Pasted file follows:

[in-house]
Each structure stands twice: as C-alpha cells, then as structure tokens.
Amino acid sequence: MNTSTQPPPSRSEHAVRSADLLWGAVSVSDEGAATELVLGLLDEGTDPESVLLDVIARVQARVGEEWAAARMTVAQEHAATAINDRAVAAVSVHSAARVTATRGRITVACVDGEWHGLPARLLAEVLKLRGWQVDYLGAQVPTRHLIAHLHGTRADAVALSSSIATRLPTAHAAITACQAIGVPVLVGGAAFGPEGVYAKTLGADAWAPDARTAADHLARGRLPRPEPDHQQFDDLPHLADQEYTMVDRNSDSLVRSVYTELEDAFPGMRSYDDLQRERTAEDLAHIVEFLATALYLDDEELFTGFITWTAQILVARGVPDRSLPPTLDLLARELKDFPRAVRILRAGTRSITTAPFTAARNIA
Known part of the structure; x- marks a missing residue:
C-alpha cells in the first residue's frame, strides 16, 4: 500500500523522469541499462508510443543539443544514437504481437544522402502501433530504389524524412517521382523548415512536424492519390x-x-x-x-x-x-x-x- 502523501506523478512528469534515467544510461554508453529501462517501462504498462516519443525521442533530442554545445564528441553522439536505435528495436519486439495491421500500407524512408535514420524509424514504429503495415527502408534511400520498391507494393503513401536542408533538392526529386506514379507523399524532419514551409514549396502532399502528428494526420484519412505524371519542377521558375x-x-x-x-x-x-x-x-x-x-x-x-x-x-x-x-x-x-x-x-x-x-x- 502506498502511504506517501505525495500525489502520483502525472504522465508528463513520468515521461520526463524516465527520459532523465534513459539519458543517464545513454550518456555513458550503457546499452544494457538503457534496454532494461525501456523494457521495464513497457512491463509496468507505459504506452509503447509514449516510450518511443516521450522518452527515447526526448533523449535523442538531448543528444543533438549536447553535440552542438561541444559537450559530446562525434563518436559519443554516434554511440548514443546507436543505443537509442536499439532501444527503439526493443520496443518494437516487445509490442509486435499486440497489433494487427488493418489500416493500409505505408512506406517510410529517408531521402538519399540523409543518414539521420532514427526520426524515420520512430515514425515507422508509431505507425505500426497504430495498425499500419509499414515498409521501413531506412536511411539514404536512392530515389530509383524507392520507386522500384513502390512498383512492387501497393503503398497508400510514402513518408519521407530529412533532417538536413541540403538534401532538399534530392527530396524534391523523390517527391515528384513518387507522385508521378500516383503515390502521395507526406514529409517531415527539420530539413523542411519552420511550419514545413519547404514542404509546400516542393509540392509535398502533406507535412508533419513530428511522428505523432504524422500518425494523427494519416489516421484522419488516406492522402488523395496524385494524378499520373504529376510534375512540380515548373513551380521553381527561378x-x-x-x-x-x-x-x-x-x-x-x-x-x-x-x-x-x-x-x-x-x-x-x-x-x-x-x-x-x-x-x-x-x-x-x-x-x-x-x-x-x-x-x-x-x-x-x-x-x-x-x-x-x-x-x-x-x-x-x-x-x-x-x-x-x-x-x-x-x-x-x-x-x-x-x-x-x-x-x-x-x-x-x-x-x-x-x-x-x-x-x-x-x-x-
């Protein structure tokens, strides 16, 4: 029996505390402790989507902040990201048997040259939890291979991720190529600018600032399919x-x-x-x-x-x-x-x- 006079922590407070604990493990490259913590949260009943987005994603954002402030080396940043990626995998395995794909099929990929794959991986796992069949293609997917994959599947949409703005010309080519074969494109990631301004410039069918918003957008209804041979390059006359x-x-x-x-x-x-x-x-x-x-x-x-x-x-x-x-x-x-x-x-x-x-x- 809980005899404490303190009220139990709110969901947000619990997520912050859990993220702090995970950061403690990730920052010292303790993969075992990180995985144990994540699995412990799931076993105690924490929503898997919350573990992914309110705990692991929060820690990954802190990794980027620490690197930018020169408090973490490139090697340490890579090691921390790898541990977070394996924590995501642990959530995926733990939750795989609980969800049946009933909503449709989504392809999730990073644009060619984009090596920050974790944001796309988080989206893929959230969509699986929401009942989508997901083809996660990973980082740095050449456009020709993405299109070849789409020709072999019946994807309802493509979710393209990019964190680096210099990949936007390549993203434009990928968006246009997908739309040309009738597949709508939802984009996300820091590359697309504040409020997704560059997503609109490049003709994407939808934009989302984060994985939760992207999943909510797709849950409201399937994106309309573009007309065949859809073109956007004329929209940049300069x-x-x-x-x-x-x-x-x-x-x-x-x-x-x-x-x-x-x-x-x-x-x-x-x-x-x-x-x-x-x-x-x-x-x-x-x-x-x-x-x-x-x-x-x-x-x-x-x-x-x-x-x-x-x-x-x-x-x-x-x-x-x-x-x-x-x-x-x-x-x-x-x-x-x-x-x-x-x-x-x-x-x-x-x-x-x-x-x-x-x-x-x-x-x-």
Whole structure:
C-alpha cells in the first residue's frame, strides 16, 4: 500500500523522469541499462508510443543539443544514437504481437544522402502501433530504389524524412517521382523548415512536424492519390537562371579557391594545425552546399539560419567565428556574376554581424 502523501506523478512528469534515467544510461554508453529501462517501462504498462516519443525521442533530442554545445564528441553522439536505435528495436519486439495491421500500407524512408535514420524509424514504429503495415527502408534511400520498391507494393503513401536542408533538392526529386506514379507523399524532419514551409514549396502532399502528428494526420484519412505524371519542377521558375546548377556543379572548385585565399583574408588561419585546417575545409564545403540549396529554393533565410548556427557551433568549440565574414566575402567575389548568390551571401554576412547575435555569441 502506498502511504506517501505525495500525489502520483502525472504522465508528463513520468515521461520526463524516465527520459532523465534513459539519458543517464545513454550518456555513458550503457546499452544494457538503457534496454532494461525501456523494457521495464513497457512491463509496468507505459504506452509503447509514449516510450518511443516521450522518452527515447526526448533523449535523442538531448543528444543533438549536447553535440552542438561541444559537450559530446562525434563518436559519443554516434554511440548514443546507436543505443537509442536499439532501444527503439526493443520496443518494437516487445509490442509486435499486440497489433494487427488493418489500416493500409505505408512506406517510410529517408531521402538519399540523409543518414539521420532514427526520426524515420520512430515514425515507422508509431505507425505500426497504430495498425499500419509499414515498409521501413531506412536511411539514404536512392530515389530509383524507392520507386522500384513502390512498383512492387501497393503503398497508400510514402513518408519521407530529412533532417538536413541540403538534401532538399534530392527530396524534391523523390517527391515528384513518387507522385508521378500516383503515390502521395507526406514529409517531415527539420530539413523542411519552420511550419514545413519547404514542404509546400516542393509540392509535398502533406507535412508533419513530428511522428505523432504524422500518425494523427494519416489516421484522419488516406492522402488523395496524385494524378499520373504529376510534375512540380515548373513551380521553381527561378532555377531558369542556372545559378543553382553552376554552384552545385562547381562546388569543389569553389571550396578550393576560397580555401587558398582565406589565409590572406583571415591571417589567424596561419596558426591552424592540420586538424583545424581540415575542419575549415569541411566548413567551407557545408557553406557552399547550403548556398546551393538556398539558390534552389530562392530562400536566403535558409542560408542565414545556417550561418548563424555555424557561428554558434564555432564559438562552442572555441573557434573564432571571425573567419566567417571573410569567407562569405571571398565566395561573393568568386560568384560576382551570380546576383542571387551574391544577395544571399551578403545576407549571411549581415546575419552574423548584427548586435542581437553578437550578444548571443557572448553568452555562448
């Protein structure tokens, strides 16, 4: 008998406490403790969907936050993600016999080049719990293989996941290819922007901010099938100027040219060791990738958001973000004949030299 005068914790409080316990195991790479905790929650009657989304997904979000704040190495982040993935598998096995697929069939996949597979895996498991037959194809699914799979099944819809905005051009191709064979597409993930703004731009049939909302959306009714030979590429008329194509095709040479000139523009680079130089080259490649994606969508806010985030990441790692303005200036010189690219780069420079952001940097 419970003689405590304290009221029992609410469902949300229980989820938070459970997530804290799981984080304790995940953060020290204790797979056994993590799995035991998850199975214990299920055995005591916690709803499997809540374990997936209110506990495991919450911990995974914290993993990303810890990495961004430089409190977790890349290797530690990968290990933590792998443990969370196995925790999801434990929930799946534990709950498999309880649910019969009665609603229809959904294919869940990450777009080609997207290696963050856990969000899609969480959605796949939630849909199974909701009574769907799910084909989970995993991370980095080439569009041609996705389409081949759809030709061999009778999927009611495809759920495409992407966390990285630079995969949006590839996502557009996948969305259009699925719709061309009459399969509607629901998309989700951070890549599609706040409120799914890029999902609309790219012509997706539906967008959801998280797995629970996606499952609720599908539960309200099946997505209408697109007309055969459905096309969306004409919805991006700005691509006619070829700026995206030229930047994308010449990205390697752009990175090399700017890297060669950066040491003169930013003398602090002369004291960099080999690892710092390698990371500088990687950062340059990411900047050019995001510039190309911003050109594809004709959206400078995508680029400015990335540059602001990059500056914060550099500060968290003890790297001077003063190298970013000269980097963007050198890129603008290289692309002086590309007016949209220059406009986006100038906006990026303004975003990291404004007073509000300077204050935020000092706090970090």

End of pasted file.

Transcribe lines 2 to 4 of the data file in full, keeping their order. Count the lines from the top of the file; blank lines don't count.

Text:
Each structure stands twice: as C-alpha cells, then as structure tokens.
Amino acid sequence: MNTSTQPPPSRSEHAVRSADLLWGAVSVSDEGAATELVLGLLDEGTDPESVLLDVIARVQARVGEEWAAARMTVAQEHAATAINDRAVAAVSVHSAARVTATRGRITVACVDGEWHGLPARLLAEVLKLRGWQVDYLGAQVPTRHLIAHLHGTRADAVALSSSIATRLPTAHAAITACQAIGVPVLVGGAAFGPEGVYAKTLGADAWAPDARTAADHLARGRLPRPEPDHQQFDDLPHLADQEYTMVDRNSDSLVRSVYTELEDAFPGMRSYDDLQRERTAEDLAHIVEFLATALYLDDEELFTGFITWTAQILVARGVPDRSLPPTLDLLARELKDFPRAVRILRAGTRSITTAPFTAARNIA
Known part of the structure; x- marks a missing residue: